Of course, the Airbnb experience is voyeuristic for the property owner too, although in a different kind of way. Part of the eeriness of staying in an Airbnb is knowing that the owner has the key and can technically enter at any time – and that’s if you’re renting the whole property, rather than actually sharing it with the owner. That’s also the situation in a hotel, where a whole crew of workers have access to your room at any time, but it takes on a more personal and pressing intensity in an Airbnb. The four friends seem like seasoned Airbnb users, since they’re all aware of this slight weirdness to the experience, joking about Taylor watching them from afar, even as a series of POV shots suggest that they are indeed being watched, although not necessarily by Taylor. Still, Taylor initially seems like the most likely suspect, especially when Josh discovers a core of rooms that appears to rise up through the middle of the house, only accessible through a security-coded door beneath the foundations.
At first, then, it seems as if Taylor never really left the property, and is still cohabiting with the four friends. This is the first twist of the film, and captures one of the eerie possibilities of Airbnb stays – that every visit is potentially a cohabitated visit, whether you know (or want) it or not. In that sense, The Rental speaks to a recent trend, in true crime literature, towards stories about people who discover other people concealed in their houses, attics and basements for extended periods of time. This has become a major true crime subgenre in recent years, and at its most elaborate involves wholescale surveillance houses and hotels, of which the rental in The Rental initially seems to be a prime example. Not only does Franco capture the inherent strangeness of meeting your Airbnb host, after perusing their house and living amongst their things, but he reverses the normal gaze of Airbnb clients, since now it is the house itself that appears to voyeuristically gaze back, with an uncertain but scary agenda.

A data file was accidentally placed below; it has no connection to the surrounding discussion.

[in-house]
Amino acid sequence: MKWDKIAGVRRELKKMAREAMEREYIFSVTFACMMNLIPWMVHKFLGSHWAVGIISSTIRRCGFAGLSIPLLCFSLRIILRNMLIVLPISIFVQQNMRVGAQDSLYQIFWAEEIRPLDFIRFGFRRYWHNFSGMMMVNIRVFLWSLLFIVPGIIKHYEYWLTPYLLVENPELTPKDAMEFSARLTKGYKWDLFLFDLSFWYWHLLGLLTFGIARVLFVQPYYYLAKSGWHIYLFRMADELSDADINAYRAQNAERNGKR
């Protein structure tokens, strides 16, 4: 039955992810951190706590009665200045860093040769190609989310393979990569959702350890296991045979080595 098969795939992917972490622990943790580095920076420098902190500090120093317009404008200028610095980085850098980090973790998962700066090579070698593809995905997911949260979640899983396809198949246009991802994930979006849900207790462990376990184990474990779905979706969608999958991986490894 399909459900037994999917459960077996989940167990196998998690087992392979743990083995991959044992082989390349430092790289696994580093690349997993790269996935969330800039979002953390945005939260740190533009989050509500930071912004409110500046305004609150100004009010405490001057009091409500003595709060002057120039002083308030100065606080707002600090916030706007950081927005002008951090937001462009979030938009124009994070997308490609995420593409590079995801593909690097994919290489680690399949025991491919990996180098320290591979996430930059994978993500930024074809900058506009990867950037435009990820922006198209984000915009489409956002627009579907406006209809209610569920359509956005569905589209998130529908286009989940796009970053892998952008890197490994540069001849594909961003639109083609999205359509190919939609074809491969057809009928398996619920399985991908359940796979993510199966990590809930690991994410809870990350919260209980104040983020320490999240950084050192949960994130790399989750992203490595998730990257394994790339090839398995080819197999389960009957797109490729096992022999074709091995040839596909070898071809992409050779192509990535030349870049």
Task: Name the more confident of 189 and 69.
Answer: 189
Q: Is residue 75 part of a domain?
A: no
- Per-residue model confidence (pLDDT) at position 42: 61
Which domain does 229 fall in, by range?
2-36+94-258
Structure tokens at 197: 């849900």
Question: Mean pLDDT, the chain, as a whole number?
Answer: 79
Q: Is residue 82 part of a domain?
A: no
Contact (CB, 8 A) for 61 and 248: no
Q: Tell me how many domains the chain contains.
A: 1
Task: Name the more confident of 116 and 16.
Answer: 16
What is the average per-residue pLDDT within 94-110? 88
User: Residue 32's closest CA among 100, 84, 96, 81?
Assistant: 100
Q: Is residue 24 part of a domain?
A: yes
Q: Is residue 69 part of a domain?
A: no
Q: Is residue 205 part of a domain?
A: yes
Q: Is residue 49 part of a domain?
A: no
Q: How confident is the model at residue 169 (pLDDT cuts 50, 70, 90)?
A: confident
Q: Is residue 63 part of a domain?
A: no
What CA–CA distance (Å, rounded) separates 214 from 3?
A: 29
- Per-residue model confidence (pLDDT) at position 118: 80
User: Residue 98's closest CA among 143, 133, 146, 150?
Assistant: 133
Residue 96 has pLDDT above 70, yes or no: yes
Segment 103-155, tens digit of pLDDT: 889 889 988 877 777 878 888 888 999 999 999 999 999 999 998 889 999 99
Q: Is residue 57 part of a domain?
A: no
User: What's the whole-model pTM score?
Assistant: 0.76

Reversing this gaze again proves particularly hard, since while Charles and Mina discover the security camera halfway through, they can’t afford to confront Taylor directly about it, for fear that he’s recorded footage of them sleeping together inside it. In the same way, Michelle can’t ask Taylor for help when their dog goes missing, since this would mean acknowledging that they brought a dog in the first place. In both situations, but especially the first, suspecting Taylor of surveillance doesn’t immediately put an end to that surveillance. Instead, it intensifies the reciprocal surveillance of the Airbnb owner-client relationship to an uncanny degree, creating a ballooning echo chamber of gazes that get exponentially creepy as it goes. The more watching and waiting there is, the more the middle-class angst, and the tacit silence between the couples, turns into a space that seems to be waiting for a slasher, or a space that has been engineered by a slasher – especially once Taylor dies and the surveillance continues.